As I was examining the IT News headlines today, I realized that I have a fascination for things that most people find disgusting. Ok, this isn’t the first realization – no bright lights or church choir music ringing in my ears. But what I did come to terms with is that I truly enjoy reading and writing about poop! I skimmed over my previous blog entries and found these telling titles: “How much poop is needed to load Windows?” and “When defecation leads to defamation.”

So, yeah, you guessed it… here’s another recent story that talks about how we can use poop to save America’s energy: “The next energy source: Barnyard animals.” A company called Microgy “has discovered that manure and other waste products from cows, pigs, and other livestock is a largely untapped source of energy in the United States… [Microgy] builds industrial-sized ‘digesters’ that, through heat and microbes, reduce mountains of waste into gas or electricity that can be reused on the farm or sold on the open market.”

“At the Five Star Dairy in Elk Mound, Wisc., solid waste processed by a digester is used as cow bedding, which saves the farm $2,000 to $3,000 a month, while the remaining liquids can still be used as fertilizer… Fed by the waste of 900 cows, Five Star’s digester cranks out about 6.5 million kilowatt hours a year–enough to power 600 homes annually.”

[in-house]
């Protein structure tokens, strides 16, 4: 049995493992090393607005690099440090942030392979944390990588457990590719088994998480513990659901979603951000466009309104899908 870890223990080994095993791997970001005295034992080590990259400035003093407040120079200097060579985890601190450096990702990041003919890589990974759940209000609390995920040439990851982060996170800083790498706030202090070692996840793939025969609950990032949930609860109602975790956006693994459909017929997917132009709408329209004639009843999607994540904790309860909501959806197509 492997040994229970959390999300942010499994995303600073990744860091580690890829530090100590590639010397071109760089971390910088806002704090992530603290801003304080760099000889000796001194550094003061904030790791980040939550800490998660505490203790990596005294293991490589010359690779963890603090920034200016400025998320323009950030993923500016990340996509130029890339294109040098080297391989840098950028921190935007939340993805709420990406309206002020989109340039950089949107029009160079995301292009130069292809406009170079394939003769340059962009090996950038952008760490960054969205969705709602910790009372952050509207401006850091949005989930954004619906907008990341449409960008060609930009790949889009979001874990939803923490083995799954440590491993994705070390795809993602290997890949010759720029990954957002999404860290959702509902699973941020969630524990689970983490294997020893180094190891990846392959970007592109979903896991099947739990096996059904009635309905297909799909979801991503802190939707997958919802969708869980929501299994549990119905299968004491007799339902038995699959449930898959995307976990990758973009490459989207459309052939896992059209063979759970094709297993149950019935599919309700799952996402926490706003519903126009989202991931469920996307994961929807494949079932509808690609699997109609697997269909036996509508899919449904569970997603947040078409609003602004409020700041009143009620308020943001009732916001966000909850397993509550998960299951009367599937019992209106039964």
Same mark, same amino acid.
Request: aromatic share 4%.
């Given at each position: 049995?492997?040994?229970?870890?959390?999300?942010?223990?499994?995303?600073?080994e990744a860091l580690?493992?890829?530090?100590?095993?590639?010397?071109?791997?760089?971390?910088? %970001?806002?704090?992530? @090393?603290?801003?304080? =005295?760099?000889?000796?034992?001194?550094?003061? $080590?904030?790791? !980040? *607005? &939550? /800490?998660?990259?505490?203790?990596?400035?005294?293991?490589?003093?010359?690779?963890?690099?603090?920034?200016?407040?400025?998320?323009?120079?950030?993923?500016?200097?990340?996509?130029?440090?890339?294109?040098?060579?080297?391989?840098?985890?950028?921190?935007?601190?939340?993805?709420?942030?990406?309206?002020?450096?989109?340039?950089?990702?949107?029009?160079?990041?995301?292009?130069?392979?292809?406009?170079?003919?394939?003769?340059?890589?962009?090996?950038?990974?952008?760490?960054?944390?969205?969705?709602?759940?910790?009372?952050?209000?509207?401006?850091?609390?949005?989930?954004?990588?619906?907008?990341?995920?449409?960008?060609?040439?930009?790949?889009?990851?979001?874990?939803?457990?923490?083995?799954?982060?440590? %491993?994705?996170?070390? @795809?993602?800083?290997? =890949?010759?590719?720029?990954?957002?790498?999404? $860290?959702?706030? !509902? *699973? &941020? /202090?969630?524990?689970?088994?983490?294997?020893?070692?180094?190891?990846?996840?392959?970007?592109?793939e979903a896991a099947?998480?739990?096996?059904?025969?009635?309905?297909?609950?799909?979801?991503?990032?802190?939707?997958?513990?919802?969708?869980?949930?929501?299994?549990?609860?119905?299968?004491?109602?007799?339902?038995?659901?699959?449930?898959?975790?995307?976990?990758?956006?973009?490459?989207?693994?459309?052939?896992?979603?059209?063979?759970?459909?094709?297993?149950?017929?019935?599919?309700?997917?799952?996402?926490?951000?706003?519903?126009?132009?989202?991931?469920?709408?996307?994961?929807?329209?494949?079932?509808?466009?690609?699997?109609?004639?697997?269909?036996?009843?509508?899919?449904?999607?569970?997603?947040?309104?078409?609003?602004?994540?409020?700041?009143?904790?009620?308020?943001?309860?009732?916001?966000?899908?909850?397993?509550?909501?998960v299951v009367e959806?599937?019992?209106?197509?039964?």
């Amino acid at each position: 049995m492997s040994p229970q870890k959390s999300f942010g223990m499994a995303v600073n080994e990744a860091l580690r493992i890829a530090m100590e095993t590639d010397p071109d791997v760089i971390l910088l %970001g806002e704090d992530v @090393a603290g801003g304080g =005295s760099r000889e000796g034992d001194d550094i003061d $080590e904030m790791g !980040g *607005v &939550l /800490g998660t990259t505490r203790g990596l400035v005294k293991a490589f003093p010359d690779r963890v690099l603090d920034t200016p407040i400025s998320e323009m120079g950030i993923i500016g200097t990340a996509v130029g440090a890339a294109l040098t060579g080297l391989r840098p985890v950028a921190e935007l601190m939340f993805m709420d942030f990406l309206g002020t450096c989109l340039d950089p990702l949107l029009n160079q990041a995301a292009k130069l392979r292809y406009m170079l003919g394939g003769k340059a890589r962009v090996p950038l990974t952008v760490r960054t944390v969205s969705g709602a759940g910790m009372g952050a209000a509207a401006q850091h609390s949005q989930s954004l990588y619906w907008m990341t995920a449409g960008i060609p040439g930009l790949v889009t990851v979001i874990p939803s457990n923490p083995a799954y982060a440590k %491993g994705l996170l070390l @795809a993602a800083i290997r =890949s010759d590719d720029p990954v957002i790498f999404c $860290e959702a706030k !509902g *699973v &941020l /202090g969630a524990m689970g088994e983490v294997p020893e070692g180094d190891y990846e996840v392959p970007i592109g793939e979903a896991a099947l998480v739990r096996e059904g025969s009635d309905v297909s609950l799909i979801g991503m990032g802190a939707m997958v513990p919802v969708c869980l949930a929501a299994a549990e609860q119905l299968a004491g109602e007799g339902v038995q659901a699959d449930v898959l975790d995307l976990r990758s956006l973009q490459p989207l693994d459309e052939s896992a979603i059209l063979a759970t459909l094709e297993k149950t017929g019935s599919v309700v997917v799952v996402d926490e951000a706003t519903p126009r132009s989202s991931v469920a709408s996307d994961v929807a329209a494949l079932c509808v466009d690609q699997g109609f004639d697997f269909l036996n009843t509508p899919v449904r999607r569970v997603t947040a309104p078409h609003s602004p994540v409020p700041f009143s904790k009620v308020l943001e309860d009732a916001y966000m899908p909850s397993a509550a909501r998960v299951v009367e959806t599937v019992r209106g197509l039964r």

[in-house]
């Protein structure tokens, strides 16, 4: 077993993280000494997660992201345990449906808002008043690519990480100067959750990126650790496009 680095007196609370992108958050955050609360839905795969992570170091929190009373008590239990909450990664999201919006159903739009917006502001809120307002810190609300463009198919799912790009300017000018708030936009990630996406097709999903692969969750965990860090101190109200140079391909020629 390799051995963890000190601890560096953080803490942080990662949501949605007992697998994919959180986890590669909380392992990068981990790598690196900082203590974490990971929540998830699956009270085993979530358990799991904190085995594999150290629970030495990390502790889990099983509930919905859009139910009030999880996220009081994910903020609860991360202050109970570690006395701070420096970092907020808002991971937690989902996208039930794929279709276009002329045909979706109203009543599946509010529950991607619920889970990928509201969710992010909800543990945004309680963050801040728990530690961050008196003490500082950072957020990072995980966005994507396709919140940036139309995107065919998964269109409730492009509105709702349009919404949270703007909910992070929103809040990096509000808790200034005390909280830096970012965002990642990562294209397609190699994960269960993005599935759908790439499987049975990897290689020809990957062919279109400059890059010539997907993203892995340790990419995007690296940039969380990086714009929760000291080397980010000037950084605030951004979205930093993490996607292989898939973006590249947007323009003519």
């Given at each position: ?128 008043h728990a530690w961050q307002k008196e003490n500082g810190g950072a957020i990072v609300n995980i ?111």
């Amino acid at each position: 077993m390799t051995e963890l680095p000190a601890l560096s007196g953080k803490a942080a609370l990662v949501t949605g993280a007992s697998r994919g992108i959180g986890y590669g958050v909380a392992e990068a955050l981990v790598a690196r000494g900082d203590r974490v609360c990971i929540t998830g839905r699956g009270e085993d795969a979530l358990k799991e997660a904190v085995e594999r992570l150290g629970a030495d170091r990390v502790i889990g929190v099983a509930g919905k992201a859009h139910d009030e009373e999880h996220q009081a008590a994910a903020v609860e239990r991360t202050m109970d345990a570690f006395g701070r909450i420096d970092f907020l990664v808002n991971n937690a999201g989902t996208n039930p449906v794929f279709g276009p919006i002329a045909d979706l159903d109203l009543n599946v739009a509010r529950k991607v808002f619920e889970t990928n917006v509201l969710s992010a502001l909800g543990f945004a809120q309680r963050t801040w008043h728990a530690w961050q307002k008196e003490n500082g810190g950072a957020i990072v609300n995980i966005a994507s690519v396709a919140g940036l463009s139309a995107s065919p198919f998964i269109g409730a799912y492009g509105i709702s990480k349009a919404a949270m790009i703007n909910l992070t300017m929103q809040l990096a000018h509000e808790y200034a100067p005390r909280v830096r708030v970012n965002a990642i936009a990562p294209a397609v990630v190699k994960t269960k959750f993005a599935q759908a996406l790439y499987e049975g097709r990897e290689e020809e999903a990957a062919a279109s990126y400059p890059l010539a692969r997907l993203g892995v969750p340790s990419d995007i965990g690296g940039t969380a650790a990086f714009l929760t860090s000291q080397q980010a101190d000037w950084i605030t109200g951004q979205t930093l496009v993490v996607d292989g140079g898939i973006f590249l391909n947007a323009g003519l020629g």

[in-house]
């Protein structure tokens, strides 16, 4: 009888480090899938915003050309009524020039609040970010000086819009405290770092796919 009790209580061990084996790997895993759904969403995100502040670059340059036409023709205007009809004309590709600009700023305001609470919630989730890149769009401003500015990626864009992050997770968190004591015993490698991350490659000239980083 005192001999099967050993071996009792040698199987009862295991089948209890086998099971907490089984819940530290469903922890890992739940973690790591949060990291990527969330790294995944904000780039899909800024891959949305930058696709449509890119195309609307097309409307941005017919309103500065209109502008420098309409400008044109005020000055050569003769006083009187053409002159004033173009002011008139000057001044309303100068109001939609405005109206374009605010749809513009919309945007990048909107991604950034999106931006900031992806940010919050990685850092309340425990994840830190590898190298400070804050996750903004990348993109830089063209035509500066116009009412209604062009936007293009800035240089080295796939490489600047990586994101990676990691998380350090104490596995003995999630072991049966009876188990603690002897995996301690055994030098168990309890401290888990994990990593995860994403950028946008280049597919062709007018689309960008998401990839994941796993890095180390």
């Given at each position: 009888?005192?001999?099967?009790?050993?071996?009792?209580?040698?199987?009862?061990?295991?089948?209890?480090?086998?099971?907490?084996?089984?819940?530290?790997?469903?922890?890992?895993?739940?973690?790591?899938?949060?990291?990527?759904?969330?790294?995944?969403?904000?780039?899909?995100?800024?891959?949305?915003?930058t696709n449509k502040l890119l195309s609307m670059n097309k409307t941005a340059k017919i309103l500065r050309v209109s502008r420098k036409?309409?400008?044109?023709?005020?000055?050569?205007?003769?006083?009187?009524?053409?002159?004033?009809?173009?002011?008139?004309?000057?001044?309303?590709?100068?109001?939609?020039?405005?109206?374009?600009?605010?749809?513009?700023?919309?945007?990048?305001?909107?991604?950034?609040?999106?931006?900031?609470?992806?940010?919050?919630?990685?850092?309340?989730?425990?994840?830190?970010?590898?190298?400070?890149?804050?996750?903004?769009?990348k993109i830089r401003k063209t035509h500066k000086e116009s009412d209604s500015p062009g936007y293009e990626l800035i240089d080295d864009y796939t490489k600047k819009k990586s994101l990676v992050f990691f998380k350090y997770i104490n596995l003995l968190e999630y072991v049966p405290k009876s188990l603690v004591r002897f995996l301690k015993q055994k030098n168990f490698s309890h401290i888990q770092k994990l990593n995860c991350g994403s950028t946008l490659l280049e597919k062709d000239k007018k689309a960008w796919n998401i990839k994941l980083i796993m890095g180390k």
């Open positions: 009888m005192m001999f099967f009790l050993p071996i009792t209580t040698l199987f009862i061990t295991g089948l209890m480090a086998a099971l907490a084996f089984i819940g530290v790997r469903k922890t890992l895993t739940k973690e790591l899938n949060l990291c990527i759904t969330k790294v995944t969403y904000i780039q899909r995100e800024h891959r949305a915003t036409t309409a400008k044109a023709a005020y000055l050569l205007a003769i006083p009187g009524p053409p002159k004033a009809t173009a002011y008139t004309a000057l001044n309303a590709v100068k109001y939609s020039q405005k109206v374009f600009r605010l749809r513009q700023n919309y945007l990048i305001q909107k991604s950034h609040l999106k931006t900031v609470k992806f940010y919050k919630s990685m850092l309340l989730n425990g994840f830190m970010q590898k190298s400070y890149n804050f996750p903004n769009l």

You may think that I’m completely full of it, but seeing is believing. Check out the photo gallery: Barnyard energy.

There are some obstacles to widespread adoption of this technology, including steep equipment costs. However, if energy prices continue to rise, the technology could certainly become a more viable investment.

Here’s a little Sonja trivia for those of you who actually were interested enough in poop to read this entire blog posting. I worked a little over two years at the Stock Yards when I first moved to Louisville, KY in 1990. My job was to herd cattle (on foot and on horseback) into their pens when they came out of the auction ring. They shut the Stock Yards down several years ago, but the history of that place is legendary… including its smell. Almost everyone who I’ve heard talk about the Stock Yards has mentioned the terrible stench of cow manure that you could catch a whiff off over a mile away on windy days, but I never was offended by the odor. That smell reminds me of being on my grandparent’s farm as a kid, and I associate it with good memories. And while there are days at my current job when I still have to work with poop, it’s a rose with a completely different name, and it doesn’t smell near as sweet.